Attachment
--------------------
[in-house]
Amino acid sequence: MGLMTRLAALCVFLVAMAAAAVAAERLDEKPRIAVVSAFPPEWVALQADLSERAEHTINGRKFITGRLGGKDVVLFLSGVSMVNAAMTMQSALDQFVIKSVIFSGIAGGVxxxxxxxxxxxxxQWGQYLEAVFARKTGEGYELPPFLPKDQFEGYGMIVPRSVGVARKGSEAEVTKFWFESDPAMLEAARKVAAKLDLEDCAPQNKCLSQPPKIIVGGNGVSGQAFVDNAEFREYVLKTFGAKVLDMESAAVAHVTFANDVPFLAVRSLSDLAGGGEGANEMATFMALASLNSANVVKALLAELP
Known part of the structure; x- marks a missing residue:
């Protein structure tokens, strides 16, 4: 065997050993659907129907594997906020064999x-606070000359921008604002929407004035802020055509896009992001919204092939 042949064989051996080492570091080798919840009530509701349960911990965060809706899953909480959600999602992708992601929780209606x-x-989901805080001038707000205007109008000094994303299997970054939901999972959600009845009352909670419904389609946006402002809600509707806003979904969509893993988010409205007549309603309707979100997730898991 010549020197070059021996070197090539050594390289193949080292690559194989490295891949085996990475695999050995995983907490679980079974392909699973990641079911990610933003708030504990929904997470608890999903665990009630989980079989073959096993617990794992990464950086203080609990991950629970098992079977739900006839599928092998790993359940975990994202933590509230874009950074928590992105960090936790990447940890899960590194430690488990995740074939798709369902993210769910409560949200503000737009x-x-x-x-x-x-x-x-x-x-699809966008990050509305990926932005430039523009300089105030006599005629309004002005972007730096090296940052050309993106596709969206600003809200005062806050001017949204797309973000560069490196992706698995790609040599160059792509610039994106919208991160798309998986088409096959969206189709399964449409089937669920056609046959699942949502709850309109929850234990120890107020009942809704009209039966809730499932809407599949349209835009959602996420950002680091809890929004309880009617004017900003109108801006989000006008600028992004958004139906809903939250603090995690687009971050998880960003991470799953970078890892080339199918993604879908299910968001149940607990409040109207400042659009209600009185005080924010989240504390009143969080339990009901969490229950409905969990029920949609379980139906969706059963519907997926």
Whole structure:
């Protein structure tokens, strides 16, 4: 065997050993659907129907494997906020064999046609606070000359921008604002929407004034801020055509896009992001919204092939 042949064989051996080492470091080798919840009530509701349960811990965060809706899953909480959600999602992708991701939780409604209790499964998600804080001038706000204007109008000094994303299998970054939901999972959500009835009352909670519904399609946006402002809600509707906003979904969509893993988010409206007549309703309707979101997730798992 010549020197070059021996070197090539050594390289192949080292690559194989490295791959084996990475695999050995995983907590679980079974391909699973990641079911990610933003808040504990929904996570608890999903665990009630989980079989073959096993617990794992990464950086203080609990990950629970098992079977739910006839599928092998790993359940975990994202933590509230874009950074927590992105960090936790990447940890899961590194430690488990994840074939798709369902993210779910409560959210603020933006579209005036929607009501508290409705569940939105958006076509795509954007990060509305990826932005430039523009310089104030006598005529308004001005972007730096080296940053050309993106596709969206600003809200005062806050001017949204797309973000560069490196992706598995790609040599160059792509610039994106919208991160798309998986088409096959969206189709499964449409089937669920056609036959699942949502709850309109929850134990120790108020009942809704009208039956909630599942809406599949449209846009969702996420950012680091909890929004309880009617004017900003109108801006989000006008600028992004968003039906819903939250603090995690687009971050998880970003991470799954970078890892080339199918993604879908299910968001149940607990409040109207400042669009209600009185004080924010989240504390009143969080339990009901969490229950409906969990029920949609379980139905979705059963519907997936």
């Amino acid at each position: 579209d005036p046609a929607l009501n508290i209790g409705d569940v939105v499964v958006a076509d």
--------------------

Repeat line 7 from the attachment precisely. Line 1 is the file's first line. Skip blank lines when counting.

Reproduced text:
């Amino acid at each position: 579209d005036p046609a929607l009501n508290i209790g409705d569940v939105v499964v958006a076509d």